Dal pneuma ermetico allo Spirito Cristiano
From the hermetic pneuma to the Christian Spirit.
A typical concept of Greek philosophy, in particular Stoicism, and of
Hermetism as well, Pneuma (and its Latin equivalent, spiritus) was currently
employed to designate the vital force by which god endowed the
created world. Whereas in Greco-Roman philosophy the nature of such
force is material, early Christian writers (from Paul to Origen) attributed
to pneuma the characteristic of an immaterial reality, which could
also be suitable for superimposing it to the Holy Spirit. Such a meaning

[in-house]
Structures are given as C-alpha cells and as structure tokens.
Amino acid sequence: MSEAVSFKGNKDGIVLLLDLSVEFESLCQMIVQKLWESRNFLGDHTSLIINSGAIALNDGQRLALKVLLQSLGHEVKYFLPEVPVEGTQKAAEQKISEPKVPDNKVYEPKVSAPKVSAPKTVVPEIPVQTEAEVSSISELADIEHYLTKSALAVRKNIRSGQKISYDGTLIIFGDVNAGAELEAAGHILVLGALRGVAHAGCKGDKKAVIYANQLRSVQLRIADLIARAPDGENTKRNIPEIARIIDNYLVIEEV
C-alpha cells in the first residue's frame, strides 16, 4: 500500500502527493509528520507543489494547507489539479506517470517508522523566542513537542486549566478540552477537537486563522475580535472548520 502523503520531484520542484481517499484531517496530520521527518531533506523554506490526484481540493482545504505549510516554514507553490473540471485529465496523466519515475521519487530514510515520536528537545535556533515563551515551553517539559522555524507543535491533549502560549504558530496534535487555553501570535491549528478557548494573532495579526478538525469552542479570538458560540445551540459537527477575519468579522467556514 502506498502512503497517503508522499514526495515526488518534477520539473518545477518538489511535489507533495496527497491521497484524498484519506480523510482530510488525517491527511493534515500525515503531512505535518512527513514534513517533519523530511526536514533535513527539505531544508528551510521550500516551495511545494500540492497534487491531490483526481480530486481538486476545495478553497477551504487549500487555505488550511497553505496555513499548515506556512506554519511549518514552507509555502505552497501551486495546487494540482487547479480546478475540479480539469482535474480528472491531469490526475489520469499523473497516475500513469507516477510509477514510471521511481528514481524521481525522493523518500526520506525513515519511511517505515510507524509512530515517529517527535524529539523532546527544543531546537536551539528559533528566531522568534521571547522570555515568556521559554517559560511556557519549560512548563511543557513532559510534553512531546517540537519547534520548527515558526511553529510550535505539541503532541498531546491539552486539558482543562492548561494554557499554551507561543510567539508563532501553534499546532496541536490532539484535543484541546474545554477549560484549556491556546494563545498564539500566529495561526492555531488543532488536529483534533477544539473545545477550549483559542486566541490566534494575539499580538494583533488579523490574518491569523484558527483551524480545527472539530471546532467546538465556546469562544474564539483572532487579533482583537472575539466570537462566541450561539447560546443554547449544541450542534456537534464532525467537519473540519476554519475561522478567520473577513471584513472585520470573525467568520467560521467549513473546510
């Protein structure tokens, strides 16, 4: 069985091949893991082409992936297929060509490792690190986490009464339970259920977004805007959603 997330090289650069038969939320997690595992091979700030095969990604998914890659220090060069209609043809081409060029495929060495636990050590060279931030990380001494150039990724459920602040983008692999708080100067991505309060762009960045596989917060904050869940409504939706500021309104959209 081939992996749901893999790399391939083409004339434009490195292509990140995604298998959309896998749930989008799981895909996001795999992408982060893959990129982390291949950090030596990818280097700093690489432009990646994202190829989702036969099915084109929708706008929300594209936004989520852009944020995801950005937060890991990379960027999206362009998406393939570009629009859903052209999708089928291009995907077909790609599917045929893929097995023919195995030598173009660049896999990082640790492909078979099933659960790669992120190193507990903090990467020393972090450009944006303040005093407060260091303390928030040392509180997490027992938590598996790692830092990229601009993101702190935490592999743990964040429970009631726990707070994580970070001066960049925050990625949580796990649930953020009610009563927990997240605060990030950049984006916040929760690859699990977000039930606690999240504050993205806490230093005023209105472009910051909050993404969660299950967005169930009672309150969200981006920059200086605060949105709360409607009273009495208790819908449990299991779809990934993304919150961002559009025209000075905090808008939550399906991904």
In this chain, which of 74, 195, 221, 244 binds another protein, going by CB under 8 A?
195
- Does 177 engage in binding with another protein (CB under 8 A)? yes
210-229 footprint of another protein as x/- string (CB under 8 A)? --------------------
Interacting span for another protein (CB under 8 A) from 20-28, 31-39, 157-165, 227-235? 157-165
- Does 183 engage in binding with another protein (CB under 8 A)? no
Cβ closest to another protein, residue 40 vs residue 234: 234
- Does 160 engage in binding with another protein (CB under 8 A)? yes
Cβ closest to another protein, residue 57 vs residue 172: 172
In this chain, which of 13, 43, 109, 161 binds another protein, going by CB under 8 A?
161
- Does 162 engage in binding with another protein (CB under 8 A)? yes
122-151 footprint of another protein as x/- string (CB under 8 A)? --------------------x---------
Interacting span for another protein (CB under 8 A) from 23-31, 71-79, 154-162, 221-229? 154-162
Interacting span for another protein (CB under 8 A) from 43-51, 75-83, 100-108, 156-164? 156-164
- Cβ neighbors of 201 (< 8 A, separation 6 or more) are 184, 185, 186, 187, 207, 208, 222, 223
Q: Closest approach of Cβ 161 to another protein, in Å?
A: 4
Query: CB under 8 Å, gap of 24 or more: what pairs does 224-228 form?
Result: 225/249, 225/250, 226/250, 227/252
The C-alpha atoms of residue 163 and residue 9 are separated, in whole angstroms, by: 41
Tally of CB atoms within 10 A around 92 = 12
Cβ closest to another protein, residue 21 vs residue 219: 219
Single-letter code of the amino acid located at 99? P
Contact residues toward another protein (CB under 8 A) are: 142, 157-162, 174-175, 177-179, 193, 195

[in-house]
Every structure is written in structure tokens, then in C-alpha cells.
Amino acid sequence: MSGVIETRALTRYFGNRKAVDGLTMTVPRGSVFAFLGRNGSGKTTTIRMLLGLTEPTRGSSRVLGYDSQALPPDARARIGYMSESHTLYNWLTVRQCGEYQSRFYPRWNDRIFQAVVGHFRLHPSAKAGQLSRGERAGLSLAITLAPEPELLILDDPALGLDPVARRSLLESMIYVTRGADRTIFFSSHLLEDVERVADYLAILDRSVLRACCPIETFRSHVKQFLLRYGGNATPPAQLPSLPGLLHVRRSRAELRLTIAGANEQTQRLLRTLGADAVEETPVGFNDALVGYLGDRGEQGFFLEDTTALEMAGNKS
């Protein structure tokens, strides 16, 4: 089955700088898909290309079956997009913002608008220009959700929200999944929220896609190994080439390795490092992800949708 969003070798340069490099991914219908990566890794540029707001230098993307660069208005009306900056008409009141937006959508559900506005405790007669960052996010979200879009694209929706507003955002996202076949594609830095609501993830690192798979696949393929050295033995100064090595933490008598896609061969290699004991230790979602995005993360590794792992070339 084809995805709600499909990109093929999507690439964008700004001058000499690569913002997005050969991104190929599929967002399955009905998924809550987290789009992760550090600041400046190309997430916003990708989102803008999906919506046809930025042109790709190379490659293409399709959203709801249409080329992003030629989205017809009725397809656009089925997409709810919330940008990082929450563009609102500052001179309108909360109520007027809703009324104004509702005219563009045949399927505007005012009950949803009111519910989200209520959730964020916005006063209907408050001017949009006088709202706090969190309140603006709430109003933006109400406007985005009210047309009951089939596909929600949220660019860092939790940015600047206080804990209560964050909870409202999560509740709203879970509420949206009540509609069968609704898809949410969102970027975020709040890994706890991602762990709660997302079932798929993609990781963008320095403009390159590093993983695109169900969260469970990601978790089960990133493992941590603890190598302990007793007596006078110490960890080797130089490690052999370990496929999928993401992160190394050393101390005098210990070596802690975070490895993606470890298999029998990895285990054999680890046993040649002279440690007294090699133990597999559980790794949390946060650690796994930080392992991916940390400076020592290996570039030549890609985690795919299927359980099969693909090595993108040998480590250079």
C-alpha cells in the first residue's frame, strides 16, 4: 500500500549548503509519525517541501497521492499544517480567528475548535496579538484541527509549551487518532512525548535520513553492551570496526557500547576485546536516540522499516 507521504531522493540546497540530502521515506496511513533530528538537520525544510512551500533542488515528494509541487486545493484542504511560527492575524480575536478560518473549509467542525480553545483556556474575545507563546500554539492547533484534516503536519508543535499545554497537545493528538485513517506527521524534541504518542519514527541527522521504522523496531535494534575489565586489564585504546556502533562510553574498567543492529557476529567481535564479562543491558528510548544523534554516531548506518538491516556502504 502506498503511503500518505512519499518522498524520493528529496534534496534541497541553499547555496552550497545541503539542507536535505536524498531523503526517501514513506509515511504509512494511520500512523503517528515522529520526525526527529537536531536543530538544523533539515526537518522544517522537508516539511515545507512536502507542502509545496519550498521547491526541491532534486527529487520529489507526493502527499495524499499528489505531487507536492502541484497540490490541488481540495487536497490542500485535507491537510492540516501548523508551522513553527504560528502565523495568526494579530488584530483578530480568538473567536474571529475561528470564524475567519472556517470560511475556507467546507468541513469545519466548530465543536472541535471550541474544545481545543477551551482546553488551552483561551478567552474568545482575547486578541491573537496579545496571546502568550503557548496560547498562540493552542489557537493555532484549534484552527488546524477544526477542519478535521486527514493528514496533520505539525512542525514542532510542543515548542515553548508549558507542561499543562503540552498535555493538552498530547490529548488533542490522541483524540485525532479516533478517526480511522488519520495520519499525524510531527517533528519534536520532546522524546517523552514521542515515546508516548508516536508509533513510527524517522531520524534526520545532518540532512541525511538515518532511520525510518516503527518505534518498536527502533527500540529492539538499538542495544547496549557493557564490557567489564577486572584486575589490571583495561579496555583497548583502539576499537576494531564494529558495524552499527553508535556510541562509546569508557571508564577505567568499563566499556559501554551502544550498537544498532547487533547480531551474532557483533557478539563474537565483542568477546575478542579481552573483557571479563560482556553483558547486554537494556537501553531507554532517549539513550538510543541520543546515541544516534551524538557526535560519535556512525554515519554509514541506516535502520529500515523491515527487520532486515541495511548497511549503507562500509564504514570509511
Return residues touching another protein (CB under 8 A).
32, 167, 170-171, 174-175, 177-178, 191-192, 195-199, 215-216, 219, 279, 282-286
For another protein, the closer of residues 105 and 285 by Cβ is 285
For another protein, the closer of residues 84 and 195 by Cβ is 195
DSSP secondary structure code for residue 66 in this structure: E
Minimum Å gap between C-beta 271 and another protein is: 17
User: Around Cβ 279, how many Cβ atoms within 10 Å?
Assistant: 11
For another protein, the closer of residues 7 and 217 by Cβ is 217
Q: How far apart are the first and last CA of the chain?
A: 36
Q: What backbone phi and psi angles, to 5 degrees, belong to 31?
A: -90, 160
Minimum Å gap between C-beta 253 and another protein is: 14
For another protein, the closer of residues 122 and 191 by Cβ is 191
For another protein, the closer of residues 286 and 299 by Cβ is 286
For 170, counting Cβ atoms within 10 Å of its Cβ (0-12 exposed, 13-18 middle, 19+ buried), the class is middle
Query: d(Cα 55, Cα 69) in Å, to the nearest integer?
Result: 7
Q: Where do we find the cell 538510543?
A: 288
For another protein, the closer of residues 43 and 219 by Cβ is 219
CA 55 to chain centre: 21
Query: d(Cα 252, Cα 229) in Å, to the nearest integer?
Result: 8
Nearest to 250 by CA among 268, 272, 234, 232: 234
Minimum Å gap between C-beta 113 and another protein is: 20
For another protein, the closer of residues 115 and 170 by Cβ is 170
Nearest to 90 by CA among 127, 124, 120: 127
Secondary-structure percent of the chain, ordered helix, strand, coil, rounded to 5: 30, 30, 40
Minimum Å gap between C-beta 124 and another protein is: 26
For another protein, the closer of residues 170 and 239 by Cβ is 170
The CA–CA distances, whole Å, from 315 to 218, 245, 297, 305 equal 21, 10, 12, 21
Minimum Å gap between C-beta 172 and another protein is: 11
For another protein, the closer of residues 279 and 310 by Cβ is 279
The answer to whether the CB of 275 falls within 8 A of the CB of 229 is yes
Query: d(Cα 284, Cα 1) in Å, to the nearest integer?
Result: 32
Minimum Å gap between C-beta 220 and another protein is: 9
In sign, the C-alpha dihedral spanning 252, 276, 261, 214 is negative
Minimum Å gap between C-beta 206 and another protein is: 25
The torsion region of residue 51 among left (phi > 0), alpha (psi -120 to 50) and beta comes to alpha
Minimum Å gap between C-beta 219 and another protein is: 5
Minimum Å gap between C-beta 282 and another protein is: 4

became usual in the Middle Ages and consequently the interpretation
of Hermetic pneuma changed. In many passages of the Corpus Hermeticum,
pneuma was therefore assumed to mean the Holy Spirit. Renaissance
authors, such as Marsilio Ficino and Francesco Zorzi, provide in
their interpretation of Hermetic writings interesting examples of the use
of spiritus, both as a material and an immaterial substance.